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LaRosa's Sweet Spot: March 3, 2009

3/3/2009 1:12:00 PM

LaRosa"s Sweet Spot Main Page

March 3, 2009

For anyone who didn't see the Billie Jean Cup on HBO Monday night, it basically amounted to this: Bill Clinton, lackluster tennis, big $$$, tiny trophy.

But this is a 750 word column so let's break it down.

The format was creative, and necessary if you're going to jam two semifinals and a final into one evening. Single no ad sets leading into a best of three set final.

What went right? Lots, actually. Starting with the very idea behind the evening: showcasing the very best of women's tennis. HBO paid for the best commentators in Johnny Mac and Mary Carillo (apologies to everyone else…though I was missing Pam Shriver and her microphone), the pre-taped packages were slick, and the homage to Billie Jean King was simply sparkling. It featured not only the former president (sans wife, home doing crafts with the kids, or in the Middle East, whatevs) but a who's who of female sports superstars (though judging by Nancy Kerrigan's face, I'm not entirely sure she knew where she was - though that's my impression of Nancy in general so I could be wrong), and Ivan Lendl. And the stands were surprisingly full on a snow day (take that early rounds of nearly every other tournament on earth).

I learned a lot during the actual broadcast. McEnroe thinks Jelena Jankovic has more of an upside long-term than Ana Ivanovic. McEnroe was thrilled to be able to mix tennis commentary with cursing (though I didn't hear a single blue word out of him once unfortunately). McEnroe said it was a sign of the apocalypse that he's now working for event promoter Lendl. Okay, maybe I learned a lot about John McEnroe.

There wasn't much drama as Serena received the Billie Jean Cup.
Overall it was a brilliantly packaged night, one which they hoped several times out loud would be repeated for years to come. Tennis was back at Madison Square Garden! As a sales pitch, it was spectacular.

So what went wrong? Sadly, the merchandise they were hawking.

Now, I bristle at even the hint of anything being fixed in sports. But this is an exhibition, so are there rules about putting Venus and Serena Williams on opposite sides of the draw? Not that it would've mattered. I'm not sure either of their Serbian opponents could've played worse. Between Jelena's inability to keep the ball in the court and capitalize on Venus's obvious wear and tear from back to back titles in Dubai (hiss) and Acapulco and Ana's inability to convert break points in nearly all of Serena's service games, the final was a foregone conclusion.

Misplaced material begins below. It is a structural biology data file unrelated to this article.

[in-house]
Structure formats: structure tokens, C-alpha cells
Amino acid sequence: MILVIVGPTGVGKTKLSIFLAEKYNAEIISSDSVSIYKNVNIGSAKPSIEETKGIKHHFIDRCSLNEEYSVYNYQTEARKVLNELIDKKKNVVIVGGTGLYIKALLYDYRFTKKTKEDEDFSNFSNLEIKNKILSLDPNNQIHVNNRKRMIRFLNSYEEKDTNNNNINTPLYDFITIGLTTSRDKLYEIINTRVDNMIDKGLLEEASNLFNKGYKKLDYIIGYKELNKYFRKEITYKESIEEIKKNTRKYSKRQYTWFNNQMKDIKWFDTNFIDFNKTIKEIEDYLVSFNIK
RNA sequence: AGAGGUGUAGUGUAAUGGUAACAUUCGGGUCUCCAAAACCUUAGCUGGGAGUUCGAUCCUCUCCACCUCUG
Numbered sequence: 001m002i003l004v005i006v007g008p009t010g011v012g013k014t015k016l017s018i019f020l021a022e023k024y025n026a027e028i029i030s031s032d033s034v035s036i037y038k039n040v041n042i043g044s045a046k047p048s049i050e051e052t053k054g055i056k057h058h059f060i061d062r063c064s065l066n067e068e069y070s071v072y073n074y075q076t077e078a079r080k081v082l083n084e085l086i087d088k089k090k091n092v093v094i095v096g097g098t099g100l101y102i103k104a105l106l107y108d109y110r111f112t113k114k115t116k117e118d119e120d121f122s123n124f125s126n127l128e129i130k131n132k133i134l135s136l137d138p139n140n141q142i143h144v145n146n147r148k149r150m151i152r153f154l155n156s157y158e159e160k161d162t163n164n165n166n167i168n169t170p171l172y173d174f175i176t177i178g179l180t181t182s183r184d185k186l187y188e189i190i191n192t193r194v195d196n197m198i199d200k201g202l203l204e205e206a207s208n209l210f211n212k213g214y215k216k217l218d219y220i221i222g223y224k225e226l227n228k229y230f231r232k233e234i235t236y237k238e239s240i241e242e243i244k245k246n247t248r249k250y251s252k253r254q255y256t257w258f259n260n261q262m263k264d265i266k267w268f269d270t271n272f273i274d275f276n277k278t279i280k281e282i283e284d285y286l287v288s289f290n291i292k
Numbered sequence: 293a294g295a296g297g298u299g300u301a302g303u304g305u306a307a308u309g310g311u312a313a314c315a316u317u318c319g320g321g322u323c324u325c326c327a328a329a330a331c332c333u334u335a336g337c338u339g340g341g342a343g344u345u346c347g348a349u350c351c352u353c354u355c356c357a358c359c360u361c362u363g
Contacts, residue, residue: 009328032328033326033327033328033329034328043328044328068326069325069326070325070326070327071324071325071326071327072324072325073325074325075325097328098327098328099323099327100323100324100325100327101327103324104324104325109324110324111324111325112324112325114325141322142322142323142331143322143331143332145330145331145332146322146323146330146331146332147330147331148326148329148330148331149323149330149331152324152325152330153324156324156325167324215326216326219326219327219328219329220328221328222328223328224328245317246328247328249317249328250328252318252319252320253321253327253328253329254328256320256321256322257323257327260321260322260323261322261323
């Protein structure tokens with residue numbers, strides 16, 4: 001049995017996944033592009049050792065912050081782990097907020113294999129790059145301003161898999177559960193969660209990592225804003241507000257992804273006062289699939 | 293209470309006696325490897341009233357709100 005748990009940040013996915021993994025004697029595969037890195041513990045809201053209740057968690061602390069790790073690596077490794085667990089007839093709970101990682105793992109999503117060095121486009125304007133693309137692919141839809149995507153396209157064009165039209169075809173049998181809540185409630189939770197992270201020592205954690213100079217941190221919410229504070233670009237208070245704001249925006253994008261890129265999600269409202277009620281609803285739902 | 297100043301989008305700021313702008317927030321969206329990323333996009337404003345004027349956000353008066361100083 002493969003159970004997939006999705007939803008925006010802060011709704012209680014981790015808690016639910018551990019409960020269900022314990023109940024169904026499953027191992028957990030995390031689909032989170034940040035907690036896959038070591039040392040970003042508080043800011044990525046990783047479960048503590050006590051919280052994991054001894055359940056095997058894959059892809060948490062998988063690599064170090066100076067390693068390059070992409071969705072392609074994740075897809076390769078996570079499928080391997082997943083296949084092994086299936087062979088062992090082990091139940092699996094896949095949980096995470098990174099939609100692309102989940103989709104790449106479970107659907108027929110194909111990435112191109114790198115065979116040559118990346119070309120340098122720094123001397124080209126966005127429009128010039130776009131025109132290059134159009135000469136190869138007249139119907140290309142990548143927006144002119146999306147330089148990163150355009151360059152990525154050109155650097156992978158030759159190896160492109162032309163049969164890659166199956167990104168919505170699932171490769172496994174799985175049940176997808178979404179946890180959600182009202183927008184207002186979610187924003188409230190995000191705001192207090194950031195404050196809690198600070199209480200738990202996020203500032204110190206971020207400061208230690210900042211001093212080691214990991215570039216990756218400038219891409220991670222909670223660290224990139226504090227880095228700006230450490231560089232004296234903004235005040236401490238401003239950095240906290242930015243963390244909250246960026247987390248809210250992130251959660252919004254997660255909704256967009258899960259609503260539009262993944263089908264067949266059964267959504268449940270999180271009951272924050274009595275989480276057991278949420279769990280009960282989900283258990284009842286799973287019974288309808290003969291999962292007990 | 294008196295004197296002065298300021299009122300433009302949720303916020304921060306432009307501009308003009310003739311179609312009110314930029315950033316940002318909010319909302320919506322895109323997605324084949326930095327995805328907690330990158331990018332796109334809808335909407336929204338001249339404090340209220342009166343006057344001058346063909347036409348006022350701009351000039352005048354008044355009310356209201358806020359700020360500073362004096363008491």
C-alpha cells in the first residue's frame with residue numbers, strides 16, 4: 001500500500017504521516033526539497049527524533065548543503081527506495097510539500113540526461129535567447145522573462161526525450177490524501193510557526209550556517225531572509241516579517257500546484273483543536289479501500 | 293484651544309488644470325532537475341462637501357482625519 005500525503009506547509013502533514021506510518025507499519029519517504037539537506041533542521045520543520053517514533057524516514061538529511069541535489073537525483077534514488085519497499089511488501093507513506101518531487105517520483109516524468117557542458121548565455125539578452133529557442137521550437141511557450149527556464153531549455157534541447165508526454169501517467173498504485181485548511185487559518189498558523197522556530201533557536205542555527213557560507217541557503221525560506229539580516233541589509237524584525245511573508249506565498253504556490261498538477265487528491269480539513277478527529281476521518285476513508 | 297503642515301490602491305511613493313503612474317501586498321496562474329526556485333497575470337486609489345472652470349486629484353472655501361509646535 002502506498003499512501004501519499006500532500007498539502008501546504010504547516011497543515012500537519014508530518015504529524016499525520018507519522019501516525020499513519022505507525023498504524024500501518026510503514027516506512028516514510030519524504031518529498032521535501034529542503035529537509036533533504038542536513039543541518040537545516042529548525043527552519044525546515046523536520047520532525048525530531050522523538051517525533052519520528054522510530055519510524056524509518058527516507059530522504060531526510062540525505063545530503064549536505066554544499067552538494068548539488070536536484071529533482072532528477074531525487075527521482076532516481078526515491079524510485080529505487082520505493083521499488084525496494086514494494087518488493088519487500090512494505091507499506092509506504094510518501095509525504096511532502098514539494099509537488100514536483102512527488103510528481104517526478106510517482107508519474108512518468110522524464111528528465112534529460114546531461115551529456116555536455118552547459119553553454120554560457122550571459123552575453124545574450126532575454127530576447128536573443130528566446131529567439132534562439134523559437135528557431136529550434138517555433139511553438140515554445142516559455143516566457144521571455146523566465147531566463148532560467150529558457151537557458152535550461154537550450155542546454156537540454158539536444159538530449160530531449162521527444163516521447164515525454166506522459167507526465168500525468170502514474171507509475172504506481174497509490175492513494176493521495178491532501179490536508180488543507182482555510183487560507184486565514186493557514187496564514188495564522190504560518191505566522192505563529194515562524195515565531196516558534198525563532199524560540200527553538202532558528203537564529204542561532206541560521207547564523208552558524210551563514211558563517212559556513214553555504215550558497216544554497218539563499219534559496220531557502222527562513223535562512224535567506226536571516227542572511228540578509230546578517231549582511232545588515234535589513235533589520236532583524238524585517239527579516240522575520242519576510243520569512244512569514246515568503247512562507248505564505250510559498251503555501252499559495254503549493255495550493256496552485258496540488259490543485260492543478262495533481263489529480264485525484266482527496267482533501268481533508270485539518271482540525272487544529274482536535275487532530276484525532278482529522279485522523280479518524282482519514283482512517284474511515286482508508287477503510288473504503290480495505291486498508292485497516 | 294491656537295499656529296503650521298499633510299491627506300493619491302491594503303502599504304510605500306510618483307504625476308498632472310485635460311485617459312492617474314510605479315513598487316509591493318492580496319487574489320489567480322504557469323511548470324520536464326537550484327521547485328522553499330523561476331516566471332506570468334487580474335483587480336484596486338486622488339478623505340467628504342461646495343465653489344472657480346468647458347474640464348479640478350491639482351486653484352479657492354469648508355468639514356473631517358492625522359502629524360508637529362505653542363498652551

Here ladies, here's $250G for your trouble.

The final was hardly the best match between Williams Sisters. In fact, I nominate it as the worst. Again, Venus was far from fresh, and after the sixth game she toppled like a house of cards. But not before, during one insanely long game that went to deuce more for double faults than any genius play, the lady for whom the event was named complained over the lack of no ad scoring in the final as well. Ouch!

The fact that the whole shebang was an exhibition was always going to give it a strike in my book and I own that. They hold about as much interest for me as a practice match, which is all they really amount to. They promote the sport, and that's great, but you're not tricking me into believing Sampras was every going to take one of those exos against Federer (yes, I'm wearing my protective cup when I say that - and it too is sponsored by BNP Paribas). Minus a bunch of dough, which these players already have, there's nothing truly at stake here. No ranking points. No psychological advantage the next time they meet. Nuthin'.

I also had issue with the line-up in general. I get that it was originally meant to be the Slam winners, and when the event was proposed Maria Sharapova fit the bill. I wish they were able to get her. I also wish, in addition, they went for someone a little juicier. Justine Henin is playing an exo this year. Wouldn't she have been a great get? Donate the money to one of the thousands of tennis academies she's opening across the world? That might have given us more of a dogfight.

As it was, as far as something truly showing off the best of women's tennis, it was barely a catfight. And with this much promotion, I really wish non-fans flipping past HBO might've been stopped by something really special on court as well as off.

Maybe next year.